The Tarrant County health department calls its new West Nile Virus plan "aggressive" in watching and responding to the virus.
"It is significantly more aggressive in terms of surveillance and response," said Dr. Anita Kurian, Tarrant County Public Health chief epidemiologist.
Last year, 279 people in the county contracted the virus, with 11 fatalities.
Surveillance is already in progress three months before the official start of the mosquito and West Nile virus season.
Kurian said off-season trapping began last week in the county's unincorporated areas. No disease-causing mosquitoes were trapped, she said.
Kurian said she would be surprised if any such mosquitoes were found this early in the year, but that the testing is part of the department's new year-round effort.
From September until May, the department will use 20 traps in strategic locations to see if there is any early arrival of the virus. From May until September, 200 traps will be used.
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"(The traps) will be placed in areas of historical record of disease activities so, 150 of these will be fixed location trucks (and) 50 of them will be moving location traps," Kurian said.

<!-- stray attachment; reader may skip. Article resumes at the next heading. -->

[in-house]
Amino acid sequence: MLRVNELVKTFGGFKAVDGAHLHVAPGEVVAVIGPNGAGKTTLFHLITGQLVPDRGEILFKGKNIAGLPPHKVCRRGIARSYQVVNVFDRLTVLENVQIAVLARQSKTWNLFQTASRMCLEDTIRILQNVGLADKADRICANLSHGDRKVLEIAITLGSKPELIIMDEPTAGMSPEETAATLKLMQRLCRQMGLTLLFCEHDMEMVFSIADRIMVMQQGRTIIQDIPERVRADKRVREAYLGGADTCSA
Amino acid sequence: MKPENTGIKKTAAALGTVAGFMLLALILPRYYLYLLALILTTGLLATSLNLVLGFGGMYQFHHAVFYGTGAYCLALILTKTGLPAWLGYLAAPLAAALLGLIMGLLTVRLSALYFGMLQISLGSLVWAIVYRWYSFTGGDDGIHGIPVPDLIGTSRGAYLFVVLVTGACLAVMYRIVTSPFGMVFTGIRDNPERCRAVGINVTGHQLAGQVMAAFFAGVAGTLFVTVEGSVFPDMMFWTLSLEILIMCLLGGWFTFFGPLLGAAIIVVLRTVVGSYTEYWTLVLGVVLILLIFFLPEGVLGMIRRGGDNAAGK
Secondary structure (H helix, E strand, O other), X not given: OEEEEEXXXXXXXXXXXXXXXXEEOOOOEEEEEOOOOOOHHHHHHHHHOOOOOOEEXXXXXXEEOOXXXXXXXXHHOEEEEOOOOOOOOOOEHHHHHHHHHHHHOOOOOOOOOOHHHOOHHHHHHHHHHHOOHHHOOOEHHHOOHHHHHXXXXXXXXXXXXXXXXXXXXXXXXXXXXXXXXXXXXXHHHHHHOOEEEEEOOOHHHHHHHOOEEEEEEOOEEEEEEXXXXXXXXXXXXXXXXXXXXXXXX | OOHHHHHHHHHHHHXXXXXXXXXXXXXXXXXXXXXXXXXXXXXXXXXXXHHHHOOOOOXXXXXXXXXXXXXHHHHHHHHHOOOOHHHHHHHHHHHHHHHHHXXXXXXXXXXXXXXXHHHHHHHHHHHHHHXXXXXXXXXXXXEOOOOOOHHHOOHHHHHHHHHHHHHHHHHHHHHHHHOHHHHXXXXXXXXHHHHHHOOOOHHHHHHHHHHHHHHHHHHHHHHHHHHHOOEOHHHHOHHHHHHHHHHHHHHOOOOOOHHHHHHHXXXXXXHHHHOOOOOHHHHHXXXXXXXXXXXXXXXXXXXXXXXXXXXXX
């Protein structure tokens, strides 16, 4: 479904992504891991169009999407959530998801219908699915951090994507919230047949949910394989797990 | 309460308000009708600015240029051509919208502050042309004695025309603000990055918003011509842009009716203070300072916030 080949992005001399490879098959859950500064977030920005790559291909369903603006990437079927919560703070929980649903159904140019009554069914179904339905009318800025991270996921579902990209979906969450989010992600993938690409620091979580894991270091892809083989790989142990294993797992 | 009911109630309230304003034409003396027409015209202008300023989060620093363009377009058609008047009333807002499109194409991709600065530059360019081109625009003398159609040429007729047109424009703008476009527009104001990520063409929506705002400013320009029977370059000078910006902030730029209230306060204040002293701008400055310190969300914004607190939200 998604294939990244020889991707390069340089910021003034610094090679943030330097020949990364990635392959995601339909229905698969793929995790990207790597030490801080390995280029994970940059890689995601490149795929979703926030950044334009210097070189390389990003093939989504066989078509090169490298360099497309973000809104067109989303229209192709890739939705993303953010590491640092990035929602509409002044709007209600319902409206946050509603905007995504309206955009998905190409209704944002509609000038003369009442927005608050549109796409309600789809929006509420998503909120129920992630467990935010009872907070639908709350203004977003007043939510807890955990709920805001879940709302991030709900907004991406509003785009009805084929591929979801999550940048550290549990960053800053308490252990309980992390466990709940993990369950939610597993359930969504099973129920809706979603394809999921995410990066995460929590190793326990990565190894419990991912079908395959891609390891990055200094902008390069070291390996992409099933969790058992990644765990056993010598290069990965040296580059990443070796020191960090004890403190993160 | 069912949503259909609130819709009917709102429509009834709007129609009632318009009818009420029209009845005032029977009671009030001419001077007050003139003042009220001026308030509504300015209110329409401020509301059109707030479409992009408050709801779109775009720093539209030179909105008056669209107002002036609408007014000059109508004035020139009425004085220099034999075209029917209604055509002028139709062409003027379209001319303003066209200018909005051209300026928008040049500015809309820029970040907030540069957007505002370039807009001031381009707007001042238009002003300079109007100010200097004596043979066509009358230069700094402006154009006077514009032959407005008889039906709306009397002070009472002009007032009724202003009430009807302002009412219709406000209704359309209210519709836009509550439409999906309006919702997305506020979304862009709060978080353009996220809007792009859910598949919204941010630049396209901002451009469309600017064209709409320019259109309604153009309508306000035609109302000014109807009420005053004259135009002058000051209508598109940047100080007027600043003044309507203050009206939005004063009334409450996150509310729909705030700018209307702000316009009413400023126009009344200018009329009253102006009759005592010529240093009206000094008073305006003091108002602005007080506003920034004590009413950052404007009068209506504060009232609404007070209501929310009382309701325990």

The fixed location traps are a recommendation from the Centers for Disease Control and Prevention. Tarrant County said they will allow for better year-to-year data comparisons.
With the ability to compare data, health officials could be alerted to an outbreak or start to the season earlier. Data from years past cannot be compared because of number of traps and varying locations.
Kurian also said that Tarrant County Public Health would use mosquito trap samples to drive the department's response. Officials will not wait for human cases to react, because it could take three to four weeks before officials find out about a human case.
County commissioners court members unanimously put their support behind the plan.
"That way, we can have a more proactive response instead of waiting for the human infected (when it) might be a little bit too late," County Commissioner Andy Nguyen said.
The plan calls for two new staff members dedicated only to West Nile virus and vector work. Public health will also double the number of its spray trucks from two to four. There will also be an all-terrain vehicle capable of spraying.
The additions of staff and equipment will cost $262,932 in 2013 and $250,021 in 2014.
"We've come up with the best plan that we think is most appropriate," Kurian said.
The two new employees aren't expected to start until the middle of the year. The fixed trap locations will be set up by May 1 every year.